Note, earlier post on sharpening filters also relates to perceiving added clarity through seemly odd ways. The two of these kind of go hand-in-hand, and are of interest for both web publishing (where resolution of images is limited) and for print production (for optimizing image quality).    


Compression of images is something that is done in different ways (depending on the file type) to reduce the size of image files. Without compression, image files tend to be very large which can be a problem. This is especially true of images for web publishing where keeping the file sizes small improves how well, and how quickly, the pages load for the reader's web browser. Compression of images is also a consideration for customizing PDF files for posting on websites. Sizes of image and PDF files also becomes a consideration for sending as email attachments, and for posting to sites that may have limitations on file sizes for uploading online.
     Relating to images, the method used for compression depends on the file type being used for saving the image. For various reasons compression with JPG files is probably the most common type found. Images from digital cameras and images for web publishing are typically as JPG files. JPG compression also has the feature of providing a means to control and tailor how aggressively compression is used. The higher the setting for compression, the lower the quality for the saved image.

The above sample is with limited JPG compression (medium/high setting for quality). Even at the highest quality setting, you will see pixels being affected through the process of compression. Some of the dark pixels found in what should be a clear blue sky, and some of the "splotchy" looking pixels in the masonry areas of the photo, are due to compression.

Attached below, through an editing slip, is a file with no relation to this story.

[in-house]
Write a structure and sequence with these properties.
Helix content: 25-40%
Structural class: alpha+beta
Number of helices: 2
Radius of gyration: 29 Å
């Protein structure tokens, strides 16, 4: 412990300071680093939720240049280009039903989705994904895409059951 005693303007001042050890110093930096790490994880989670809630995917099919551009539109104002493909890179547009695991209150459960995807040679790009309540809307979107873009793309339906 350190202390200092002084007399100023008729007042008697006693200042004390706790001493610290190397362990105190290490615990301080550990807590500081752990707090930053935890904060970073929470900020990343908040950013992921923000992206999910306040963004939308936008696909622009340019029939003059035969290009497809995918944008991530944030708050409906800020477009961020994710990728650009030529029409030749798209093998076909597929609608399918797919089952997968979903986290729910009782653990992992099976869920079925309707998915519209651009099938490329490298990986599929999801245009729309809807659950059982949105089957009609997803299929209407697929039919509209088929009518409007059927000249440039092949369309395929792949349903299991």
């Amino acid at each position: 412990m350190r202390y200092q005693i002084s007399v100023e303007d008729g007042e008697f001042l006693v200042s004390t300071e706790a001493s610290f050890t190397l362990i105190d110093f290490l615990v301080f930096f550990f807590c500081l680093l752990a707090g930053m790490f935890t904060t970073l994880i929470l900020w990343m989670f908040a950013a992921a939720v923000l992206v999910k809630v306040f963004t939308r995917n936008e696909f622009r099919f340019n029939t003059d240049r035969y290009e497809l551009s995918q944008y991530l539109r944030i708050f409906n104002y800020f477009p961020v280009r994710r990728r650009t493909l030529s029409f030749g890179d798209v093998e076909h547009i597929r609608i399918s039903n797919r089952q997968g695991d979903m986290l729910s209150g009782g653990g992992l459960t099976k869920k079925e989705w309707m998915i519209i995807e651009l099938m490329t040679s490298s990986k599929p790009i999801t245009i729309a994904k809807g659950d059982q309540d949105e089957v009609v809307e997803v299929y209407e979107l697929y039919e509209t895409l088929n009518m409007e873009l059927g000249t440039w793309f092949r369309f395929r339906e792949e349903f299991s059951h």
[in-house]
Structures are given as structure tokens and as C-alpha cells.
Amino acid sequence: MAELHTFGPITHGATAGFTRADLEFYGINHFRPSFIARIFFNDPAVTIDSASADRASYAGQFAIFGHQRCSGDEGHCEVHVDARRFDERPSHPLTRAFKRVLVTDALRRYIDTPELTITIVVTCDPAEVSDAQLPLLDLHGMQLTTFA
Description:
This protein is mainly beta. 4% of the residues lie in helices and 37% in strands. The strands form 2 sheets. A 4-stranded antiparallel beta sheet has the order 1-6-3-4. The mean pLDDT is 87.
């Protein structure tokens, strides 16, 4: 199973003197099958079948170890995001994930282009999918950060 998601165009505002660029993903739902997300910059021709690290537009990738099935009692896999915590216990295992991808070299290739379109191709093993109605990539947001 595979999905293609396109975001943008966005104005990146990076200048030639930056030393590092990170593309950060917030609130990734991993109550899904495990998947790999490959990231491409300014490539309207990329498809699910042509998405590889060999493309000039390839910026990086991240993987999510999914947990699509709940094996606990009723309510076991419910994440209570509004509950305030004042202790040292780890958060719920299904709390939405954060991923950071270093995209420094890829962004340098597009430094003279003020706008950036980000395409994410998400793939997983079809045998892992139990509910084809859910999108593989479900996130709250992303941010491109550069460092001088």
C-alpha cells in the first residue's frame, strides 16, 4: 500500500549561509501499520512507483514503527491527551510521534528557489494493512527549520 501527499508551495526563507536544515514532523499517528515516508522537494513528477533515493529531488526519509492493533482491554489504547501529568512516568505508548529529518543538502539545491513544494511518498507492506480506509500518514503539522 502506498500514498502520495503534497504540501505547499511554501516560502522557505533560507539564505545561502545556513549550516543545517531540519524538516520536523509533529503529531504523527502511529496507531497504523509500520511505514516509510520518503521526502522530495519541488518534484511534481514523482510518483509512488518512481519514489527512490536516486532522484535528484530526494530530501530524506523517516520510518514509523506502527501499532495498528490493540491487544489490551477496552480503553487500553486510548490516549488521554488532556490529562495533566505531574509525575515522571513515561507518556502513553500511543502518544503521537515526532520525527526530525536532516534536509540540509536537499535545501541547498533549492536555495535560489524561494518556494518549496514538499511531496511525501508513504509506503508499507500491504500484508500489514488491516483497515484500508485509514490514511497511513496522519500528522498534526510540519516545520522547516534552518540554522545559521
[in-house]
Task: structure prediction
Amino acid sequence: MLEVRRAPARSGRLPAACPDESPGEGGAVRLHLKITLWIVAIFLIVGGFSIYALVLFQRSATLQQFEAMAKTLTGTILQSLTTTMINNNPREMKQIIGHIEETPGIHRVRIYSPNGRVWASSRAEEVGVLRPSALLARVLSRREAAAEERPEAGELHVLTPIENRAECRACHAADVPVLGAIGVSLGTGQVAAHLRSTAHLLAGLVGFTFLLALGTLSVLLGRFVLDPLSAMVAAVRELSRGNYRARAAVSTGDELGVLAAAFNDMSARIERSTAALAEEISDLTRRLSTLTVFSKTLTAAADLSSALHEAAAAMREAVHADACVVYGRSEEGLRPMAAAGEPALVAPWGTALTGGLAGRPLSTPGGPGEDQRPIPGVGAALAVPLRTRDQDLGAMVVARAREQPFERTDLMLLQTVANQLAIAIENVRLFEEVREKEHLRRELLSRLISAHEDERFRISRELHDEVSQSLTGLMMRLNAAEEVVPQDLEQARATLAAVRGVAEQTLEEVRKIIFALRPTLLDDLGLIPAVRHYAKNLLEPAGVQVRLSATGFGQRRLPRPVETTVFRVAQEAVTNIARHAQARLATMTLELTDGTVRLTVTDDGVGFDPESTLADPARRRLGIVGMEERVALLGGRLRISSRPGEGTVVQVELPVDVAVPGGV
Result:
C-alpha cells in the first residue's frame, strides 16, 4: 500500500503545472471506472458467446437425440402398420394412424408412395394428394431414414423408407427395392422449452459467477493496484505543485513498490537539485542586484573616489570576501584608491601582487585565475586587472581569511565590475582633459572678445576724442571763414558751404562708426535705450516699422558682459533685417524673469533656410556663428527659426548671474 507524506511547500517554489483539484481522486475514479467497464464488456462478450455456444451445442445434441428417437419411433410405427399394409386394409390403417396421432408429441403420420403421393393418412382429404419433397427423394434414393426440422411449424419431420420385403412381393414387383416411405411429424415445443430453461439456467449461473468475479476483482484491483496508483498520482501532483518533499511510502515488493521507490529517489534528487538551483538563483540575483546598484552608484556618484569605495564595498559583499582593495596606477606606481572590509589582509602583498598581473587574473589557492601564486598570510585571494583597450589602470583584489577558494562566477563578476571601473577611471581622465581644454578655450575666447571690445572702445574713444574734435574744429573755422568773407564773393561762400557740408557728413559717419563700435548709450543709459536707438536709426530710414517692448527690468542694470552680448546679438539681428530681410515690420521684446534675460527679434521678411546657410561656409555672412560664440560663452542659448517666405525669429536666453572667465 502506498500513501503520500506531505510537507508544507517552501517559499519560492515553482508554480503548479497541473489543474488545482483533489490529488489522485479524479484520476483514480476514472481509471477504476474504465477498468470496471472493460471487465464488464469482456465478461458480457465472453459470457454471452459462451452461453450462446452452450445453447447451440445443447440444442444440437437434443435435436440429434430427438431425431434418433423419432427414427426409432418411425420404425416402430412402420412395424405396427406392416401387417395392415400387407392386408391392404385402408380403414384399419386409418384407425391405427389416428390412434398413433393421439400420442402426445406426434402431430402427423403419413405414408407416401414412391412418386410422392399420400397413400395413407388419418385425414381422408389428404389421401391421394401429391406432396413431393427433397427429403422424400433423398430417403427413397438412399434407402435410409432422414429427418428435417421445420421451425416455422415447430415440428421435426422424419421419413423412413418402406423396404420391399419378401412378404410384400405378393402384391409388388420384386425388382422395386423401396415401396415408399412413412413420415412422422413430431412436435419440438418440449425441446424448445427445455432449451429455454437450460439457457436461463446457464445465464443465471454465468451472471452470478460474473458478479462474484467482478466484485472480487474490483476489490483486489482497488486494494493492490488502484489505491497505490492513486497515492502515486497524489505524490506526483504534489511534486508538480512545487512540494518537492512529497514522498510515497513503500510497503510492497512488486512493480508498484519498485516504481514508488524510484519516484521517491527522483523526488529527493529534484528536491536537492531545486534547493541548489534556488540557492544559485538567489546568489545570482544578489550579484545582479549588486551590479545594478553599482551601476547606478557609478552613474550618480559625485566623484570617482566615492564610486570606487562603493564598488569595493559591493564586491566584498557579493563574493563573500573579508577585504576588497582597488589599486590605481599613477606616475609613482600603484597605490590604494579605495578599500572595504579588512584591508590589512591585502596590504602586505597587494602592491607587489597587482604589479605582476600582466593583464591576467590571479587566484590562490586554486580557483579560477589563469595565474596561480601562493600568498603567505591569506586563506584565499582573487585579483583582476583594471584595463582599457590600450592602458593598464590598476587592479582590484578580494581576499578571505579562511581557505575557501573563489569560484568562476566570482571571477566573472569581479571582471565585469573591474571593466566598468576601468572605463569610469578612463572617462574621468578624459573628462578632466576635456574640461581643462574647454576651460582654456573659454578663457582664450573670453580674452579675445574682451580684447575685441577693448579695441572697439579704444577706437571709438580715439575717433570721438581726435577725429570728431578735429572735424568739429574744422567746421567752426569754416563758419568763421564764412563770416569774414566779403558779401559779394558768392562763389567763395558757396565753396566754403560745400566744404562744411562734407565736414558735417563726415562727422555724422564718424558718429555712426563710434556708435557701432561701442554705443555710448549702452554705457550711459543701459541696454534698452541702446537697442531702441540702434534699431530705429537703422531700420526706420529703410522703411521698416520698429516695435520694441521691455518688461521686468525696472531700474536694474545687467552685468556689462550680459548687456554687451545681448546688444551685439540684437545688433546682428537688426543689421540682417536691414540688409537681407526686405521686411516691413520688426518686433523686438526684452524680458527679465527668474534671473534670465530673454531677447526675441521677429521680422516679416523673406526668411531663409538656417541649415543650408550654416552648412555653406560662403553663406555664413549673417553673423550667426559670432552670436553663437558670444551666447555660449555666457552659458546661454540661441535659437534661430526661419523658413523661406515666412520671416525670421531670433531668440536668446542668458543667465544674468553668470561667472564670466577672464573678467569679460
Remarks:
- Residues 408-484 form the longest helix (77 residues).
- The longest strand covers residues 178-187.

This second sample is with an extreme level of compression being used (very low setting for quality). In addition to seeing dark colored pixels showing in the sky, you are now seeing a very pronounced grid of odd colorization due to the compression drastically changing the color pallet available to specific areas of the image. Though using compression to this extreme is very rarely needed, it does proved an exaggerated sense for what compression does to the quality of an images.
A note about file sizes:
     Terminology used by digital cameras may vary, though for a 1,600 x 1,200 pixel image (width x height) this is often called a 2 megapixel image. For a total, this means that 1,600 times 1,200 equals a total of 1,920,000 pixels for the image (almost 2 million pixels). Each of these pixels has an assigned color which is defined as values for red, green, and blue. With 8 bits (1 byte) being used for assigning a number for each of these values, and by multiplying this by three for each color, this would mean that at least 5,760,000 bytes of memory is needed just for recording the color values of all of the pixels. Seeing that most digital cameras, and many smart phones and other devices, capture much larger images, it becomes clear that compression can become a matter of necessity. This is not just a consideration for web publishing of images. Files sizes of these images are also an issue for the camera and its own internal memory, for transferring files from one device to another, for emailing, for posting to social sites, for storing and backing up of files to your computer or cloud, etc.
     A note of caution with all of this - and the main point of this blog post - is the realization that though there is a need for compression there is also the need to use it carefully, and to be aware that it comes at a cost relating to its affect on image quality. Using aggressive settings for JPG compression should be reserved only for those instances where it is truly needed and for when the sacrifice of image quality can be justified.